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91 F.

3d 133
8 NDLR P 155

NOTICE: Fourth Circuit Local Rule 36(c) states that citation

of unpublished dispositions is disfavored except for establishing
res judicata, estoppel, or the law of the case and requires
service of copies of cited unpublished dispositions of the Fourth
Charlie V. Tan, Plaintiff-Appellant,
Marvin T. RUNYON, Jr., Defendant-Appellee.
No. 95-1366.

United States Court of Appeals, Fourth Circuit.

Argued: May 9, 1996
Decided: July 1, 1996

ARGUED: Herman McCoy Sawyer, Jr., Arlington, Virginia, for

Appellant. Lori Joan Dym, Appellate Division, UNITED STATES
POSTAL SERVICE, Washington, D.C., for Appellee. ON BRIEF: Helen
F. Fahey, United States Attorney, Paula Pugh Newett, Assistant United
States Attorney, Alexandria, Virginia; R. Andrew German, Chief
Counsel, Appellate Division, UNITED STATES POSTAL SERVICE,
Washington, D.C., for Appellee.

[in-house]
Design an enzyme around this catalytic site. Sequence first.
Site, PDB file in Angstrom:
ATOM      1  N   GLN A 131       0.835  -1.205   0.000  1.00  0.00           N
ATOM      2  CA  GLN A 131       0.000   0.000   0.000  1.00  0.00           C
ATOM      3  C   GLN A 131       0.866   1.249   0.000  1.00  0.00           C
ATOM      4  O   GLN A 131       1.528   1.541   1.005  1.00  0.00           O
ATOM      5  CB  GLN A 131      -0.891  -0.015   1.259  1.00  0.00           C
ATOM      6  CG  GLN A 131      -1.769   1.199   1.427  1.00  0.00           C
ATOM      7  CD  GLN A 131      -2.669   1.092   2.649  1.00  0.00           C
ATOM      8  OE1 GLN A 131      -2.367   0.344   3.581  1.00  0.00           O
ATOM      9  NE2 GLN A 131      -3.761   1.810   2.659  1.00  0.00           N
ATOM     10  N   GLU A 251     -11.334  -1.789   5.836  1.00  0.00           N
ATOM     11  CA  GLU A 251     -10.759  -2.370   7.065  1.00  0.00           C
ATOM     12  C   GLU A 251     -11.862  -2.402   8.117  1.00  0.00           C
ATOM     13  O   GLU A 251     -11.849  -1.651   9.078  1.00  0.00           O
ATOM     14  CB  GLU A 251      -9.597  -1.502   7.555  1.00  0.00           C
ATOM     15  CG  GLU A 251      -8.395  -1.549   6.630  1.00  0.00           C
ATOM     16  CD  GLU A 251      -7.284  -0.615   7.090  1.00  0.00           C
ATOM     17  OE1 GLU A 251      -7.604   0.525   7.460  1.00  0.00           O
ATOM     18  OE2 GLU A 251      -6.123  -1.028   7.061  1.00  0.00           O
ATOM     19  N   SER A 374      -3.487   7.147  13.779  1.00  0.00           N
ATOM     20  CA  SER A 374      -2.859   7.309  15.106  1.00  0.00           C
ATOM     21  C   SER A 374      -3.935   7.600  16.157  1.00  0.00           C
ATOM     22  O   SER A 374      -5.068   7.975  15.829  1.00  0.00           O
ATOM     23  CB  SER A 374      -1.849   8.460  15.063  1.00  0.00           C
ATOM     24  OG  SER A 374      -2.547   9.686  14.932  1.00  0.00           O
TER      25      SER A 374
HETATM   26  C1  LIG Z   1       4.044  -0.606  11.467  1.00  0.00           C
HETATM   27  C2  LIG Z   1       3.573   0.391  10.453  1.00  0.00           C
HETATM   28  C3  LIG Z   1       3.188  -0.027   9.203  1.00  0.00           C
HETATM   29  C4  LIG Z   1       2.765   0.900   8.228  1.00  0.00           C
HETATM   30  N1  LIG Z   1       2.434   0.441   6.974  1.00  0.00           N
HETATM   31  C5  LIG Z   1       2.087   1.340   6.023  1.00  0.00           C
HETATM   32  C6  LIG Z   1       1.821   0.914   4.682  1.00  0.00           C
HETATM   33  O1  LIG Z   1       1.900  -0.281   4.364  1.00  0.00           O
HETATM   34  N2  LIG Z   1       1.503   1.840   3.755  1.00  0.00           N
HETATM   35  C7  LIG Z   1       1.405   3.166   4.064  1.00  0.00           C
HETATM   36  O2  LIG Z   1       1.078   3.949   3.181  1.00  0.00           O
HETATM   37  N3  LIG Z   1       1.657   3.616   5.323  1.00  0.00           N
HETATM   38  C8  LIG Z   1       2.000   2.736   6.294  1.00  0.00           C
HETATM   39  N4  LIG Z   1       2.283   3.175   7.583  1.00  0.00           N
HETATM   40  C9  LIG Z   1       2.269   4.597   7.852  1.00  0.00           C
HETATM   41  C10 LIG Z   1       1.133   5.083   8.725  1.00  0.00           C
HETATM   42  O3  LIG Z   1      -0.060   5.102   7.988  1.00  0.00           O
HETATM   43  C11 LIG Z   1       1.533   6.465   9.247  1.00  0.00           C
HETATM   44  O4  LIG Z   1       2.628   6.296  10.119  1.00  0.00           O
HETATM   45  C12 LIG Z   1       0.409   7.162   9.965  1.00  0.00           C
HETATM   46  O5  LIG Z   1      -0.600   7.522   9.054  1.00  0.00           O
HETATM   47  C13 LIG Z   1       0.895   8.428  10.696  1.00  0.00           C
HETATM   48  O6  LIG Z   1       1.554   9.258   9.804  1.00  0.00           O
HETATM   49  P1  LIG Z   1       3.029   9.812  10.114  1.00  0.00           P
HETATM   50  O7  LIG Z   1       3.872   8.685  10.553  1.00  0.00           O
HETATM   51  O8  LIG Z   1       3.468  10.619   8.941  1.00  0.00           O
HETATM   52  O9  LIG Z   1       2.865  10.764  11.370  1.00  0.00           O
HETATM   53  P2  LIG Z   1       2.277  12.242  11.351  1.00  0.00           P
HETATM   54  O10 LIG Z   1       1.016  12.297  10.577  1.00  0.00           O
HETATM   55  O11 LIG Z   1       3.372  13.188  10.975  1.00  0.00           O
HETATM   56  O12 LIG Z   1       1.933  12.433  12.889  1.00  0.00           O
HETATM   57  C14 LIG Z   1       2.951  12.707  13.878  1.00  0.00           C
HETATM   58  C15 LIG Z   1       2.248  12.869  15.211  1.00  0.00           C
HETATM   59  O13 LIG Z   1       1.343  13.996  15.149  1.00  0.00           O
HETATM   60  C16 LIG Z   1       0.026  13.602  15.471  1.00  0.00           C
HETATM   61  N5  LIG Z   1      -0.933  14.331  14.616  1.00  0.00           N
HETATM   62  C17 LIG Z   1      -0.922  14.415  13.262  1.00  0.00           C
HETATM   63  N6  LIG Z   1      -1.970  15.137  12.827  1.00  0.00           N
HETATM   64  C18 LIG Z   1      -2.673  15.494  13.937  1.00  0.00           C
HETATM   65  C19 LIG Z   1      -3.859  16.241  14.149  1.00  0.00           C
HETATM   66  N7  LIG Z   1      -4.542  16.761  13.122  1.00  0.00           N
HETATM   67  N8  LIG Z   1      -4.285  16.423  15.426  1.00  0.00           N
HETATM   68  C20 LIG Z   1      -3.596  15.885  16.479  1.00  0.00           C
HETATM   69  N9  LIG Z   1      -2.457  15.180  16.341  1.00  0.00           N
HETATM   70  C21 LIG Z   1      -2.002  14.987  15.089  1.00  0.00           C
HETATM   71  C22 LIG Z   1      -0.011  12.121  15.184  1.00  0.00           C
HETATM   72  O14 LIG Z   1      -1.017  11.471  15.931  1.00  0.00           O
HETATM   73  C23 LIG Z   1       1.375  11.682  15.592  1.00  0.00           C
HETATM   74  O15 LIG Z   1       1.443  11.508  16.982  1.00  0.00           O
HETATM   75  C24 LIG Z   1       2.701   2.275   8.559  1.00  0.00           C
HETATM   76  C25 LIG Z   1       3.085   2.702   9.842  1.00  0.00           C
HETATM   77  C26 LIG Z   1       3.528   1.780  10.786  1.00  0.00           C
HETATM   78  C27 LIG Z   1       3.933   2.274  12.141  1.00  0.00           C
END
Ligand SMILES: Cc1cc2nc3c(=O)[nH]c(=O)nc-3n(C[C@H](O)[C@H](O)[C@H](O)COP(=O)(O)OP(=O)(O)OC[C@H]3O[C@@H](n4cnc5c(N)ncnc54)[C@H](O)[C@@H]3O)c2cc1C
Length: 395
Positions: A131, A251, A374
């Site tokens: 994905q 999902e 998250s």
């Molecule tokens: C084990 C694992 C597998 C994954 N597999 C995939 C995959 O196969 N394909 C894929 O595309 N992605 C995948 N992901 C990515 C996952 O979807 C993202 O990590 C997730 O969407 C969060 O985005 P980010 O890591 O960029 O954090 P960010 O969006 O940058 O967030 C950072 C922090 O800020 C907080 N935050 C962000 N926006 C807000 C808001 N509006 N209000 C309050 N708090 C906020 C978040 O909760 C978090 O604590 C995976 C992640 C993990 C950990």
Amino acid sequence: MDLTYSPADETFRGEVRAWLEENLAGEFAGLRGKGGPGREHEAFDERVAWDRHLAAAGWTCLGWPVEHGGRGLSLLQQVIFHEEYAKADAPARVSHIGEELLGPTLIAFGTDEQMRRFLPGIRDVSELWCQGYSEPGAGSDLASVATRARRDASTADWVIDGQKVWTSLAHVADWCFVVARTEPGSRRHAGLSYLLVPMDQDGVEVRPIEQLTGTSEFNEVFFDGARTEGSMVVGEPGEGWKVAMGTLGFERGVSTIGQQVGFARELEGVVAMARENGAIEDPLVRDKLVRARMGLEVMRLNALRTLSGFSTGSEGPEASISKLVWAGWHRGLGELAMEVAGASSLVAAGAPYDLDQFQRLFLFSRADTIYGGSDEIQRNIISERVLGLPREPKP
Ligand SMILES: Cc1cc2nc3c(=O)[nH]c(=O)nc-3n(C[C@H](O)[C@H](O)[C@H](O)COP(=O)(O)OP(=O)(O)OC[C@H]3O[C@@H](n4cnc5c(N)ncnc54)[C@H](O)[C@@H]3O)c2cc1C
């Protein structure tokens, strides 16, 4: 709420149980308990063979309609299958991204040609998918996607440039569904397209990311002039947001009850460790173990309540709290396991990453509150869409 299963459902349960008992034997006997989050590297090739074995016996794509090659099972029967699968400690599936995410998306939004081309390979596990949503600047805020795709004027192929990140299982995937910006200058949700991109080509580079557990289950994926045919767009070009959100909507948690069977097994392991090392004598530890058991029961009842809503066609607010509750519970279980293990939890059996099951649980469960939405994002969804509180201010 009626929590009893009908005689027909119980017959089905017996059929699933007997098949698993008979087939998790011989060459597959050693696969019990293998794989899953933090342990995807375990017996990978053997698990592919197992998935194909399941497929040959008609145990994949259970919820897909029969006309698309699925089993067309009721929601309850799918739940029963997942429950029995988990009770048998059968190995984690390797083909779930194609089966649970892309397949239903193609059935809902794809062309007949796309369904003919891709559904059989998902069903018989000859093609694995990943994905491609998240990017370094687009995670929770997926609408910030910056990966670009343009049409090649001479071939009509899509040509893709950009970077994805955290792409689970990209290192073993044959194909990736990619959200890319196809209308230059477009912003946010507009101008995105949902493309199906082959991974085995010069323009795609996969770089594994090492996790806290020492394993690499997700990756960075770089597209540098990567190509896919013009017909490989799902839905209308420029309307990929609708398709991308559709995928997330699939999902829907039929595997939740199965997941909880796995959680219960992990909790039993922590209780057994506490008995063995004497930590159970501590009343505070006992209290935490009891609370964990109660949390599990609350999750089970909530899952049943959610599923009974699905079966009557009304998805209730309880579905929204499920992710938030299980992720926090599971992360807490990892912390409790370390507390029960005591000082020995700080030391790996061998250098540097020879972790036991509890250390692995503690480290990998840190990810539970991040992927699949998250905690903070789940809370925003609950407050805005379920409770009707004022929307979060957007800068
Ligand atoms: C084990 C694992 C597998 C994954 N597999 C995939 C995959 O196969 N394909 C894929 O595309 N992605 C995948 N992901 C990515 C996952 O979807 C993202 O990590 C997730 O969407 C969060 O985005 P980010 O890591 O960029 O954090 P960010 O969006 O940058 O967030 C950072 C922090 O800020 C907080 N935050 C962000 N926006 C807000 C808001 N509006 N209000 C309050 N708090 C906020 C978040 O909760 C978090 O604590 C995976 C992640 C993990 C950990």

Before RUSSELL, ERVIN, and WILKINS, Circuit Judges.

Charlie Tan appeals the district court's dismissal of his case, with prejudice,
against Marvin T. Runyon, Postmaster General, for the United States Postal
Service (the "Postal Service"). Tan filed suit under the Rehabilitation Act of
1973, as amended, 29 U.S.C. 701-797b, claiming that the Postal Service
wrongly disqualified him from employment because of a mental disability,
Tan's low I.Q.* After Tan presented his case at trial, the district court dismissed

it with prejudice pursuant to Rule 52(c) of the Federal Rules of Civil Procedure
on the grounds that the Postal Service's failure to know of Tan's disability
abrogated Tan from establishing a prima facie case of discrimination based on
disability. Tan contends that the district court's finding that the Postal Service
was not on notice of his disability is clearly erroneous. We disagree with Tan's
argument and affirm the district court's decision.

Tan, a 27 year old, South Vietnamese immigrant living in the United States
since 1979, attempted to take the Postal Service's written exam several times
since 1987. In 1990 he passed the exam and was called to interview on